Lucy in the Sky, with Logotypes

Flogos will take your marketing to the skies, and then some. It'll shape your logotype into a "cloudy" mixture of soap-based foam and helium - and send it off to drift for miles, as high as 6 kilometers up - a "wolf of commercialism" in fluffy sheep clothing.

Any form can be made (of any color) and almost any specified location covered. The company seems to maintain that "flogo" shapes are environmentally friendly (they just evaporate after a while, and airplanes will fly through them like through any cloud)

There are definitely some enticing possibilities; for example, instead of displaying Apple logo inside a store window "prison" -

(image credit: Cyndy Sims Parr)

... Flogo will make it soar among the clouds, easily promoting such products as "Macbook Air":

What next? Well, maybe even the air around you one day will be considered as a potential "hologram real estate"... and then you'll have to sign up with certain brands, just to use your personal space, ad-free.

Cloud shapes used to be = Photoshop

"Flogo" shapes, invented by Francisco Guerra and Brian Glover, are really a logical extension of "cloud-vertising" that has been percolating in graphic design circles for some time. It's safe to say that many designers, when seeing a stock image like this:

will immediately reach to open Photoshop to start modifying the middle cloud into whatever the logo they have in mind. Here is a pretty neat example:

(image credit: jciv)

There are, of course, many "sky writer" services, that will spell any text from an airplane - but these will be unstable, blurry and easily dissipating shapes. Flogo will create a much sharper shape - and many corporations seem to be ready to try that style:

Aer Lingus PLC advertisement featured a cloudy shamrock shape:

(image credit: irishair350xwb)

Now you can have ten thousand of these little shamrocks floating into your open window at breakfast... there is something of Philip K. Dick paranoia in the idea of sky-vertising gone wrong.

Cloud-branding opens all kinds of possibilities.

Imagine sending your "letters" into a beautiful sky like this - then you can get free "golden lining" under your message:

(image credit: Raoul Pop)

Or launch some star shapes into this interesting striped cloud pattern (formed naturally over the Okhotsk Sea):

(image credit: PinkTentacle)

The Russians will wake up one day to see an enormous American Flag floating all over their Northern territories (hope there'll be no trigger-happy "Dr. Strangelove" types among their military)

These "cloud streets", spotted near Hokkaido, are actually a variety of the "morning glory" clouds, often observed in Northern Australia:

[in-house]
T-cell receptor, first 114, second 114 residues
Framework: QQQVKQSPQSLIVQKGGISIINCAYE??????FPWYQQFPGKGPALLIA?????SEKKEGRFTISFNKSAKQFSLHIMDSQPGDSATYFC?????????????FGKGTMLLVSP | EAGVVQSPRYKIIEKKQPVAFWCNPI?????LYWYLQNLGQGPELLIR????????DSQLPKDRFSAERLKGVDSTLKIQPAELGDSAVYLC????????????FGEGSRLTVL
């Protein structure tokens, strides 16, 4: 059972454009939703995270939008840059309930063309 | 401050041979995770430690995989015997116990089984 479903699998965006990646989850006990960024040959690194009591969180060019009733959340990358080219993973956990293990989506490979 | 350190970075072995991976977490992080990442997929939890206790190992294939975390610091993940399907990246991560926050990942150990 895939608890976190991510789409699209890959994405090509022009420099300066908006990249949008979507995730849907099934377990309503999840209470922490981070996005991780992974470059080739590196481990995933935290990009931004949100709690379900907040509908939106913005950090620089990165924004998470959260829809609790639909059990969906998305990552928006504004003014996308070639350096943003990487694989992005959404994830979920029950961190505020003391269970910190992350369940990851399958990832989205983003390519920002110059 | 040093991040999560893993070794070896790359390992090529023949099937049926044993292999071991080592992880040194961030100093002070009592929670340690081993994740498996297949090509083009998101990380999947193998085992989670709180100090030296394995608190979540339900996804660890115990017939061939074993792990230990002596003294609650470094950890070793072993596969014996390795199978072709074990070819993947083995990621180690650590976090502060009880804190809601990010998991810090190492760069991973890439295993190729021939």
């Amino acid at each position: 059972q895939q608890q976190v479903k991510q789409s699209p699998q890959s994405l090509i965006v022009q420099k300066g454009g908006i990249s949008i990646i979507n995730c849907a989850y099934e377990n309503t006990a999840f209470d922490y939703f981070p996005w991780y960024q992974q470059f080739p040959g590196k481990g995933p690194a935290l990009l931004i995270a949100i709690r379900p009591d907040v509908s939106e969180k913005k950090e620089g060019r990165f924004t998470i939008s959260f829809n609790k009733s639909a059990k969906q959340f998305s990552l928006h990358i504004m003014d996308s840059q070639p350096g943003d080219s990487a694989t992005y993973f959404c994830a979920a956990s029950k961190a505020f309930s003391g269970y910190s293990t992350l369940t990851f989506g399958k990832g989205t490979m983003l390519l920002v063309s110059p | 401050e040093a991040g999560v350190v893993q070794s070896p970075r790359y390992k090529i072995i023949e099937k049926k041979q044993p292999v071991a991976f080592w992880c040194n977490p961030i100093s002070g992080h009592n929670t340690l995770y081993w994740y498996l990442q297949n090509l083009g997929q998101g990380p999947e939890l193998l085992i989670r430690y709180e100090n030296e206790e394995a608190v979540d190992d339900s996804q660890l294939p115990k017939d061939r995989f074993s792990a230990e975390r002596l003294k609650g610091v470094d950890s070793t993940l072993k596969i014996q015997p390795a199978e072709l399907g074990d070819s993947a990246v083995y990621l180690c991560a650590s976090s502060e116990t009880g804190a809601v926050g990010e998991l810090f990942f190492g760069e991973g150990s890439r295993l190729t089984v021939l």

The image above is quite awesome in its own way - Nature always seem to ace even the best of human creativity...

Sometimes there are "cloud messages" in the sky that are hard to ignore:
(This fantastic formation appeared over Soverato, in Southern Italy; see more extreme clouds here)

(image credit: Gregory Varano)

Or check out this "dragon" natural cloud shape, spotted over Monument Rocks Natural Area in Kansas:

(image credit: Rob Graham)

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Anonymous Anonymous said...

Ads in the air, using artificial clouds? Just no. Don't. Bury it in some cellar archive and never think about this again, dear companies. Plus, helium? Helium is way more serious as a contributor to the greenhouse effect than carbon dioxide. So: double don't!

Anonymous Anonymous said...

Wished we had known you were doing this piece.

We have some photos of an ad campaign that features women's silhouettes as clouds

Blogger Avi Abrams said...

You can send them our way, we'll update with your credit. Thanks!

Anonymous Anonymous said...

I'd be interested to know where Alex is getting his information. Helium is a noble gas and as such, rarely reacts with anything. It also does not accumulate in the atmosphere (despite large scale manufacture) like carbon dioxide. The only danger of helium is an extended period of breathing pure helium can quickly result in death due to oxygen starvation.

As for a the clouds, it's a great example of lateral thinking and hopefully will make its creator quite wealthy.

Anonymous Anonymous said...

Helium foam as (basically) a temporary lighter-than-air aircraft is a really interesting idea! Depending on how easy it is to transport the equipment for making it, how easy it is to create a viable shape, lifting power per volume, etc. this idea might have many more uses than just advertising stunts.

I also have to wonder how a client would feel if they shelled out for, say, a giant Swoosh logo over London, but then found that it had blown out down the Thames estuary before anyone saw it...

And I agree with Mr Smith on the improbability of helium being a greenhouse gas. I certainly can't find anything to support the claim, anyway.

Anonymous Anonymous said...

Ah, but this is the internet. Where anybody can say anything and somebody somewhere will believe them. :(


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